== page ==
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  • Jennifer Gillen

Gray Background & Vignetting Removed!


One of the most difficult things about painting on a white background is photography. It's important to have good photographs for submitting work to exhibitions and galleries. The most common problem with photography is the white of the paper seems to never turn out white. There are all kinds of advice and articles online about photographing paintings in the right light. Everything from photographing outdoors to using a light kit in a darkened room is suggested.


If you're struggling with gray photos, here's a solution that I just learned. I use a basic set-up of some photography lights, diffusing umbrellas and a digital camera on a tripod. My aperture is set to f/5.6 (in aperture priority mode) with a shutter speed of 1/50 sec and ISO 100. My camera's automatic pattern metering and preset white balance work fine for this. In the past I tried setting up a custom white balance but that proved to be a waste of time.


What I learned is that most of the gray and vignetting that occurs on photos can be corrected in Photoshop. For photographers and designers this is probably so basic, but as an artist I found it amazing. The lens of my camera causes a circle of light distortion in the form of a dark vignette on the white edges of my painting photo. Once that is removed in Photoshop it's just a matter of adjusting the exposure until it's no longer gray. The dropper tool is a good way to check the white to see if any gray remains.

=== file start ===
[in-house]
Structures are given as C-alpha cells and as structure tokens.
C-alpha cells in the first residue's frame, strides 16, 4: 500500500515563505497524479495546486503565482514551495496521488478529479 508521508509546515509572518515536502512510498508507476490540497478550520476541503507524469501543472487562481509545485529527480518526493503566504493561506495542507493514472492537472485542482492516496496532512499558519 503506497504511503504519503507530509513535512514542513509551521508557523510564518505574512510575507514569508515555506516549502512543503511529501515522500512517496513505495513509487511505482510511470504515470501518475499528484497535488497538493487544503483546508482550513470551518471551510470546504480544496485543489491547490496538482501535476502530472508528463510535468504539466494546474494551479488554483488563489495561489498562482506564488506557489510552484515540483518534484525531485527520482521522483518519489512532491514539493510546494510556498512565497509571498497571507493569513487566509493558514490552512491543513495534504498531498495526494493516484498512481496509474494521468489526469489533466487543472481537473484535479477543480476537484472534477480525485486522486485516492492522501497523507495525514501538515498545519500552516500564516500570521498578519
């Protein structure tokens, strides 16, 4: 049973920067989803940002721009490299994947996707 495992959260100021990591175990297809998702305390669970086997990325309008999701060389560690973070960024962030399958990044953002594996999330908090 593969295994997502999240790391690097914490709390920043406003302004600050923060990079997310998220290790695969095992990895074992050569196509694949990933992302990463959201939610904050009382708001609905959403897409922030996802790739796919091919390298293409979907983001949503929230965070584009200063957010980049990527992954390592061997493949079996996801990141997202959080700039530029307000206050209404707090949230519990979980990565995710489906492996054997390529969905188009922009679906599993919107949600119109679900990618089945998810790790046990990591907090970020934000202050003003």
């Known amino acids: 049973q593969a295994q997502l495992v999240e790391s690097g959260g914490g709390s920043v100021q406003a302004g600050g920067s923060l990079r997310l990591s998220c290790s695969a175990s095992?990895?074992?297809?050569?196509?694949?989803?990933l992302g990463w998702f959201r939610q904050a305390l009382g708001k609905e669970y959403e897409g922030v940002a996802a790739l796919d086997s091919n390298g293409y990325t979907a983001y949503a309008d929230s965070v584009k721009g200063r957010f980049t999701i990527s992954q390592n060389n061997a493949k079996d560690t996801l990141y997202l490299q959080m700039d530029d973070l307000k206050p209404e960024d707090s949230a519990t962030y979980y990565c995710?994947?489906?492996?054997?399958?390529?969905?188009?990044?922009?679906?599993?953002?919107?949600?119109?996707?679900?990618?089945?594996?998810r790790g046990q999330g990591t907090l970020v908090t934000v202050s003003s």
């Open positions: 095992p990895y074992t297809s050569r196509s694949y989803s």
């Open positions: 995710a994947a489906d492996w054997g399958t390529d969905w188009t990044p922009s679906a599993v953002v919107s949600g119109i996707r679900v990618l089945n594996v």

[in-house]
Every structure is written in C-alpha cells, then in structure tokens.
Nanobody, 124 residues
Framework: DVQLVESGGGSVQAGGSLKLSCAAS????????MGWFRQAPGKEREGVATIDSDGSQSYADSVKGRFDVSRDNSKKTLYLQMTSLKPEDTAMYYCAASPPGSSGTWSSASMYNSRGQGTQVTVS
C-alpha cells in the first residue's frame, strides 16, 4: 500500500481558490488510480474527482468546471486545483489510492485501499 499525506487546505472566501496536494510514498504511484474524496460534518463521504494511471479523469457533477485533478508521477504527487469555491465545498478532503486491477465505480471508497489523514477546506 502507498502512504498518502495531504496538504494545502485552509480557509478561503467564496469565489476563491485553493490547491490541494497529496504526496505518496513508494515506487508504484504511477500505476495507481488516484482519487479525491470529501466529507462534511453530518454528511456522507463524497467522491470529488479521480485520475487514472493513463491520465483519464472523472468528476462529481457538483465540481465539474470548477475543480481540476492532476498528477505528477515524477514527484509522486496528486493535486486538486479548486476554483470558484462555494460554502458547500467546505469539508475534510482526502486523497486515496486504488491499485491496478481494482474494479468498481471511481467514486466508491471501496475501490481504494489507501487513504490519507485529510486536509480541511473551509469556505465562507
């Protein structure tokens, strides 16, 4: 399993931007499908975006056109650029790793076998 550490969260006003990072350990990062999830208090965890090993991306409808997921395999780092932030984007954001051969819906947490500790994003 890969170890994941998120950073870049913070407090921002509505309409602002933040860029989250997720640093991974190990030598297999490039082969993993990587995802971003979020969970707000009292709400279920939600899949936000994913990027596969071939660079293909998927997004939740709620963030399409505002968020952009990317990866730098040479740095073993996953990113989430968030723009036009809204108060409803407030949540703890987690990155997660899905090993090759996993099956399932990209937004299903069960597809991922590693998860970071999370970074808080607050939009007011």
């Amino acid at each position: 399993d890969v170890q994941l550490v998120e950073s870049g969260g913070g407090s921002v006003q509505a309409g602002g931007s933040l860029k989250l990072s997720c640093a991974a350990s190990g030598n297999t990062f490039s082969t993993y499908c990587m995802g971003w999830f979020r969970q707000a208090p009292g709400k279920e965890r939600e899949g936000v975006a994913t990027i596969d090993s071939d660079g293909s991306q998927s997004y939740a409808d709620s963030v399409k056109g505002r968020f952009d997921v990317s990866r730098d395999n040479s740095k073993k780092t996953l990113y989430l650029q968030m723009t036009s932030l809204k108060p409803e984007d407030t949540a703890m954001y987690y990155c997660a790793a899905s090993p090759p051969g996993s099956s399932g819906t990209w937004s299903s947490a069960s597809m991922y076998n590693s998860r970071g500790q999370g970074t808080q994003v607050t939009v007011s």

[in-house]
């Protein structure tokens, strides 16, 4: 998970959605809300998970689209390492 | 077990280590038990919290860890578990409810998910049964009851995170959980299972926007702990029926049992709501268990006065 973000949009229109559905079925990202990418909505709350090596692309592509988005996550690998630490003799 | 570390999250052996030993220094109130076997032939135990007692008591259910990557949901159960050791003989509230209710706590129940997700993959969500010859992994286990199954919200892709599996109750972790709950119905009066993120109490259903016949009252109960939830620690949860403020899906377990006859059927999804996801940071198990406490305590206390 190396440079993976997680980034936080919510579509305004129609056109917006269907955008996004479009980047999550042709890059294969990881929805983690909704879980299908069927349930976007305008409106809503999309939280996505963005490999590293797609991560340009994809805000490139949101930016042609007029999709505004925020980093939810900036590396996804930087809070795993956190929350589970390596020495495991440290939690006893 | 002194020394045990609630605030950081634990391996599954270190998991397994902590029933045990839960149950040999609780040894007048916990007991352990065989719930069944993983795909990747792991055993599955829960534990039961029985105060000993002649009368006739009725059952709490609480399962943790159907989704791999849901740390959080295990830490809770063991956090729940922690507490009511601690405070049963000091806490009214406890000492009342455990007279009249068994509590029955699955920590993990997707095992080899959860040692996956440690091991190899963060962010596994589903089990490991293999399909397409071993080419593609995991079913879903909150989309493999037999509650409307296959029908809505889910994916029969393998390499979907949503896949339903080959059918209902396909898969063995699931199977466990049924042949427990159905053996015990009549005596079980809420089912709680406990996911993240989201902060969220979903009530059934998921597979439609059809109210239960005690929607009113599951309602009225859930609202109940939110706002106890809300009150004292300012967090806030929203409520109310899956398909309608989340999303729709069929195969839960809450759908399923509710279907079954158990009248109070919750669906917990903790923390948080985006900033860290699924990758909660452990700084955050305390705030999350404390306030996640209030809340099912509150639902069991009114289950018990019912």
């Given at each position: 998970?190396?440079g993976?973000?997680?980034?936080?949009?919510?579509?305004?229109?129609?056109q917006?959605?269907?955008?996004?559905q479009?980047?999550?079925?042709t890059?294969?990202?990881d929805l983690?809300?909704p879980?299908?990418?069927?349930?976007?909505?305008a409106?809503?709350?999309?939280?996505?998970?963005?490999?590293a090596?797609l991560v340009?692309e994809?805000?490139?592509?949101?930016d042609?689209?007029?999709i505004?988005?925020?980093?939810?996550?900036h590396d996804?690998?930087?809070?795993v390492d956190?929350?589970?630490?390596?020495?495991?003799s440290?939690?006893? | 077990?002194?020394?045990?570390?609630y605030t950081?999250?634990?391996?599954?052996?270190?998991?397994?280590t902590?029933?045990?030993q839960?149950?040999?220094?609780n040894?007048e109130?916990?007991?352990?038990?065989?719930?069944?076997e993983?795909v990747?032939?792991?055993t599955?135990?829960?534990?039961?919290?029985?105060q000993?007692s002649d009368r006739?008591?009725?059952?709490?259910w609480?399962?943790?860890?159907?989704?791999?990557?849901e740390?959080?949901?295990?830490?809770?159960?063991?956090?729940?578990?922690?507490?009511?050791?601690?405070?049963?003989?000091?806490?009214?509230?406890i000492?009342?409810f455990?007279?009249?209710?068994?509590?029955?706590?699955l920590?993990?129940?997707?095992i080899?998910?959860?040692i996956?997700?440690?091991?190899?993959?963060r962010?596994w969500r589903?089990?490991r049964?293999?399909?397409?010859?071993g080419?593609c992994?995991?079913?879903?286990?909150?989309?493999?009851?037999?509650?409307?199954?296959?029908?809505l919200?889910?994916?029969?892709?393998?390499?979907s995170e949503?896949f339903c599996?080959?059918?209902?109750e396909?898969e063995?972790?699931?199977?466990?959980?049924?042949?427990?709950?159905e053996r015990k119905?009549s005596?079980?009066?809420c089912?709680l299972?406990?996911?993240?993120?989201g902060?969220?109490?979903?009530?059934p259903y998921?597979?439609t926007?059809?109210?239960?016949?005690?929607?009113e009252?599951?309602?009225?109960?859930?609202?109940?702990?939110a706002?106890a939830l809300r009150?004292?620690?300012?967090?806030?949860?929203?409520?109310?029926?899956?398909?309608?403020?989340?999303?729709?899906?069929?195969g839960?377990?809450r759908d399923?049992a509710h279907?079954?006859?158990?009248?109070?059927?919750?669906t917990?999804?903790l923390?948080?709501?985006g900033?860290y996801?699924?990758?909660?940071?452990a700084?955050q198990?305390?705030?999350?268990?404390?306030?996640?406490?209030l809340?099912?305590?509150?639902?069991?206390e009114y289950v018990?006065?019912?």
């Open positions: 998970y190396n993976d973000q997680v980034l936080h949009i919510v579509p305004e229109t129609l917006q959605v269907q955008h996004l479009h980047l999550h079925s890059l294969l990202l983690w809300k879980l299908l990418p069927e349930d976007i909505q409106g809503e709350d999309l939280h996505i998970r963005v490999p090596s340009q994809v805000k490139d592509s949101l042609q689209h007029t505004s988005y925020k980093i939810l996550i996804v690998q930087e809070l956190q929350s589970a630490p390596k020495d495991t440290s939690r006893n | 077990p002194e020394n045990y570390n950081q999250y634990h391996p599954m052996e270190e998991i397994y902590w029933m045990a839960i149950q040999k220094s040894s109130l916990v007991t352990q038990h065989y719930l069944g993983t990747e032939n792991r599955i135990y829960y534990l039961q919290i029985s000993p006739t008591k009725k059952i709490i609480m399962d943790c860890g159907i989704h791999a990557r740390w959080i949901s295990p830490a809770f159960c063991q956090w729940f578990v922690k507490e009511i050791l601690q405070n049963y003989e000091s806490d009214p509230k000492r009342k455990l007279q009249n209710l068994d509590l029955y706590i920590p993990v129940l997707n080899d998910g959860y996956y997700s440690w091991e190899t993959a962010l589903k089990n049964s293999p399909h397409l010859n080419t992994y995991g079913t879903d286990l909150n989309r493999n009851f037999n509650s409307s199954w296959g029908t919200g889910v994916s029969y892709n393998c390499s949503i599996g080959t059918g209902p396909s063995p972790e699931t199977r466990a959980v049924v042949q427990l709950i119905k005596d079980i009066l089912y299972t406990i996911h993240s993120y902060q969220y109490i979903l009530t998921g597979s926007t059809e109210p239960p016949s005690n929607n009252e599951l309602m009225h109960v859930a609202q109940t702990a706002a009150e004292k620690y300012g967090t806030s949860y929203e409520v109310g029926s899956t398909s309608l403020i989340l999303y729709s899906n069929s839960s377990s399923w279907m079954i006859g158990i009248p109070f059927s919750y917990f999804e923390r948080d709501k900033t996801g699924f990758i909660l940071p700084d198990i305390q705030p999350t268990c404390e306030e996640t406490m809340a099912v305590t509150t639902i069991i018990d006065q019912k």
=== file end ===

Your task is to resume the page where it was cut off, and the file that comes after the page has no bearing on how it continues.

ORIGINAL PHOTO: Too dark. Whites aren't white. I probably should have changed the exposure when photographing, but this can be fixed.




POORLY BRIGHTENED PHOTO: Too saturated. I tried to brighten the photo to lift the white and added saturation to make up for the washed out areas. The vignetting in the corners is caused by lens distortion. It can't be removed by just adjusting the brightness.


JUST RIGHT: The vignette was removed using the Lens Correction filter in Photoshop. Then the gray background was fixed using the Exposure adjustment in Photoshop. It was that simple. No saturation and contrast needed to be added. Best of all, the colors are vibrant for printing and the white of the paper is actually white without doing a background removal.


I hope this helps my artist friends who might be struggling with gray backgrounds in their photos. The full disclaimer is that I am not a photographer or graphic designer; just an artist, clicking around and learning new things.

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